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NICE inContact February 12 webinar

Just Wait Till Next Year

By Denis Pombriant
Dec 18, 2019 11:13 AM PT
stronger focus on platform and emergence of an information utility will be two important trends in 2020

For the last 15 years I've written year end articles on where we've been and where we're going in CRM and more broadly in tech. This year, as I went through the pieces I wrote, it struck me that the major topics that were important in 2019 would be equally important in 2020.

In my mind there are several clusters of things that have sticking power.

The Big Story: Platform

Everything I've seen suggests that platform will be a bigger story than it already is, and there are similarities between the emergence of cloud computing 20 years ago and the emergence of platform.

Most people missed the significance of cloud for a long time, seeing it as an alternative delivery mechanism and not the revolutionary and commoditizing force it is today.

Platform is like that because it makes software flexible rather than brittle, and so it is the driving force of business agility. It's also the thing most enterprises miss in their headlong rush to digital disruption.

Be aware that "disruption" itself carries no positive or negative meaning, but moving on digital disruption without a solid understanding of the importance of platform is likely to form a negative association.

I base this on research I did, sponsored by Zoho. Vendors to watch include Zoho, Salesforce, Oracle and Microsoft.

A Big Deal: DevOps

Most CRM consumers don't have much knowledge of Dev Ops, which is an approach that merges management tools and technologies with culture shift and development strategies within a development organization.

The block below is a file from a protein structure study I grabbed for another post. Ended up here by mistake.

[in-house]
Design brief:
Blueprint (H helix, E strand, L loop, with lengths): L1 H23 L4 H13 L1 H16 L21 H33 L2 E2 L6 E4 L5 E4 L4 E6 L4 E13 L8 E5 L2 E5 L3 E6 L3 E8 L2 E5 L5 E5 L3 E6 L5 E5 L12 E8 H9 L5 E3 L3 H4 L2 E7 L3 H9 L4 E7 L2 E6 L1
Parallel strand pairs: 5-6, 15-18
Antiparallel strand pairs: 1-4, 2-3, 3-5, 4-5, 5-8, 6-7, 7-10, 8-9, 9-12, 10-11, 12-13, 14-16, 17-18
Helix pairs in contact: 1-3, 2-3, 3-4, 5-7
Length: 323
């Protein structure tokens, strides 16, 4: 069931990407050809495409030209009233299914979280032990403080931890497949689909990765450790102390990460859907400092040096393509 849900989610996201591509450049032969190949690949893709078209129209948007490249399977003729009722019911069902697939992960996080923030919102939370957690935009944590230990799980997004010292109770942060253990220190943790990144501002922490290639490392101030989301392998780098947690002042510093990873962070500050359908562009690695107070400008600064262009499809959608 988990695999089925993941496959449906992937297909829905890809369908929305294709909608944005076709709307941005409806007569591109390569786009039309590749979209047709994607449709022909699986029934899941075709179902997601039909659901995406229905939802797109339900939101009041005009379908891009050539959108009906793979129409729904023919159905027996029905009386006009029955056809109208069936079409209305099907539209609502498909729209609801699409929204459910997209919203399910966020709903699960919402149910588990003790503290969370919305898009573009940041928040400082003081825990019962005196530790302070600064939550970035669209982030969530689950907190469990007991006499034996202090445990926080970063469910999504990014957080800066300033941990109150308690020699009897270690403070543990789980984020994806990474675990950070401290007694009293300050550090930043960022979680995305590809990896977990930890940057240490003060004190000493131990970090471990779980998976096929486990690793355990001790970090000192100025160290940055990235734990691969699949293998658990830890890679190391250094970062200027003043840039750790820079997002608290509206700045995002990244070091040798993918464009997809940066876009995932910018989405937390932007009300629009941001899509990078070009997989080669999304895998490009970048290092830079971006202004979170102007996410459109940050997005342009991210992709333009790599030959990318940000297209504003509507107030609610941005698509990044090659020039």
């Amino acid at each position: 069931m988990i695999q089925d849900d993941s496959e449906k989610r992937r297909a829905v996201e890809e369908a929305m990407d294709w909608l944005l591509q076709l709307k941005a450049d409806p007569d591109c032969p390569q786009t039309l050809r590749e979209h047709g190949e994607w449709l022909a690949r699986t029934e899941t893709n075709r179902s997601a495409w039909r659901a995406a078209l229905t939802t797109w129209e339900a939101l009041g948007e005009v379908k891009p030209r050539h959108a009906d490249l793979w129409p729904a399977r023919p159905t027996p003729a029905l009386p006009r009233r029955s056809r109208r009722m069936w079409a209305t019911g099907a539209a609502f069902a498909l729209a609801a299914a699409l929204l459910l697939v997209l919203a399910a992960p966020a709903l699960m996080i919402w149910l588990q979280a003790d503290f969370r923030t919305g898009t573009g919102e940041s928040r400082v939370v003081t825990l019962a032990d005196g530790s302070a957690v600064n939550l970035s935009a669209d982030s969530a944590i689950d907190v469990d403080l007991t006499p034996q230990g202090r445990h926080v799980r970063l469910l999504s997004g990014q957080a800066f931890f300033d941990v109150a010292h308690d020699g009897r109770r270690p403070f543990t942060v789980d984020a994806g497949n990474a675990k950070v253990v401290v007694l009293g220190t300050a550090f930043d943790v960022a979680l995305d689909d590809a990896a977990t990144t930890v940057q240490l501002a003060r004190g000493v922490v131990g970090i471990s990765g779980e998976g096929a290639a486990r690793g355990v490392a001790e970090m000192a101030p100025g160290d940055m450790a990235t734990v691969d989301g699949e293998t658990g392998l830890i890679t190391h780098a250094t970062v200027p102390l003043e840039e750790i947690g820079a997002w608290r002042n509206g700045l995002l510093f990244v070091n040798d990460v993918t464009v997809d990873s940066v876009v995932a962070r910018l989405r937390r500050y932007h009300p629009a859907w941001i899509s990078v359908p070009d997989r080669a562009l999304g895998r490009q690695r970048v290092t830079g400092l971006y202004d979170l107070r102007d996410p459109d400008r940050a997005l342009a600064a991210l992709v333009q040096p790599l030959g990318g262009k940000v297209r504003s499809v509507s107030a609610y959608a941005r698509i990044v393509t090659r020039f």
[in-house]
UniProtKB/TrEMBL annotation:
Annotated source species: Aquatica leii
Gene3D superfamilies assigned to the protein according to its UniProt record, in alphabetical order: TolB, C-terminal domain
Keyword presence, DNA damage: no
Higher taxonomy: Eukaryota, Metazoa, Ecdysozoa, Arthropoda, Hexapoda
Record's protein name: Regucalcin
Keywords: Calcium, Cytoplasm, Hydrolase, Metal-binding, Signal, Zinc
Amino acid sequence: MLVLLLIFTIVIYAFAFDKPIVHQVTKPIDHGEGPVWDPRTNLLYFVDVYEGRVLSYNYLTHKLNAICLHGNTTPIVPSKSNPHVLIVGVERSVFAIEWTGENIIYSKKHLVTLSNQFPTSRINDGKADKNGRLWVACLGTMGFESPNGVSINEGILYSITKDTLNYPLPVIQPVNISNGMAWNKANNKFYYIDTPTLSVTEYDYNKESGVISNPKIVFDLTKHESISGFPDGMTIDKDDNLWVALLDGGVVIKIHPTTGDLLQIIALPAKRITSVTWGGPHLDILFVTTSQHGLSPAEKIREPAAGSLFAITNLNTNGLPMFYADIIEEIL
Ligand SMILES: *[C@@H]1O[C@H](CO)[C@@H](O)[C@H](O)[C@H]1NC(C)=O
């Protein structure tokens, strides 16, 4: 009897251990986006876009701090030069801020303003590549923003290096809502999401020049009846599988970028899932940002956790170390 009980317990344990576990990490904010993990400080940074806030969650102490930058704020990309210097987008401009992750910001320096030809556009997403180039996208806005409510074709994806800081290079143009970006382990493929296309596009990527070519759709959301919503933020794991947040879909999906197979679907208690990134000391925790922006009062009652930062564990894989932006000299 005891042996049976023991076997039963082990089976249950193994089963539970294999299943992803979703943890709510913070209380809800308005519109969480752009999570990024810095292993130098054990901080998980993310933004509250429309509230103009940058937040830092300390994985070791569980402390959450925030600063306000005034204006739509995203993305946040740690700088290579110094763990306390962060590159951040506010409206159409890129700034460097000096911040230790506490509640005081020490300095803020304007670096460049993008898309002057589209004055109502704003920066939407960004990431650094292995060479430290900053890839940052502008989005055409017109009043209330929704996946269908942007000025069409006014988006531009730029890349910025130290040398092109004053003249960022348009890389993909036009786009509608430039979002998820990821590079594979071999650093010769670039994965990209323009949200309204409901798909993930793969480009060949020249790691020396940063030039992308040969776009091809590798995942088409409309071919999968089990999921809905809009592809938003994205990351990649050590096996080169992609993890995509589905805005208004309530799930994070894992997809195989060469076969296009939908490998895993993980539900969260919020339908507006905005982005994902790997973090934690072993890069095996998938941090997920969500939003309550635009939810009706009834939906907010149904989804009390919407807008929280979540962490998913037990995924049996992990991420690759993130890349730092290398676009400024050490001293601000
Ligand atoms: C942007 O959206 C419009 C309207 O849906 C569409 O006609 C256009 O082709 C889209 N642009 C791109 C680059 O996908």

A development organization bigger than about 50 people can struggle keeping sandboxes, orgs, and releases synchronized and operating as they should, suggests research I did for Copado, which focused on Salesforce Lightning.

Successful enterprises using DevOps can modify and release their core business software at will -- none of this next week or next month stuff. That's why DevOps is a big deal and will only get bigger. You need it to support your digital disruption and your platform.

A Good Thing: API Integration

I don't know how old API integration is, but companies like MuleSoft have some cool stuff that makes integration as easy as anything else on a platform. I think you need it to support DevOps and to support my pet project, the information utility.

We've long passed the time when you reasonably could expect to buy all of your enterprise software from one vendor and have it seamlessly integrate. Actually, it's not clear that time ever was real. In a heterogeneous software world, fast, quick integration is a necessity, so this thing will become more important.

A Money-Making Opportunity: Information Utility

This is my hobby horse -- every analyst has one, I guess. I'll try to be brief. As we continue moving into a heterogeneous future, we are converging on the ultimate technology commoditization, an information utility.

Information is so vital to modern life that everyone must have access to it, and it has to be fast, nearly free and seamless. Some of the other topics in my list feed into this -- for instance, platform and API integration.

The utility presents one of the greatest money-making opportunities in tech since the emergence of SQL and the relational database. It is as needed too.

Note that there's a difference between data and information and some of the data model concepts that we've used for a long time might inspire ideas like an information model, but they're different and require their own set of rules. In that, the utility will look more like SQL.

Meeting of the Minds: JEDI

The year just ending saw the finish of one of the more tortured procurement processes ever seen in federal government computing, the US$10 billion, 10-year procurement of cloud computing for the Pentagon.

Microsoft won in a process marked by litigation brought by contenders like Oracle, but here's a surprise. I don't think Microsoft alone will deliver the whole project, simply because there are so many other great technologies that can contribute. Microsoft, I think, ultimately will function more like a prime contractor than a sole awardee.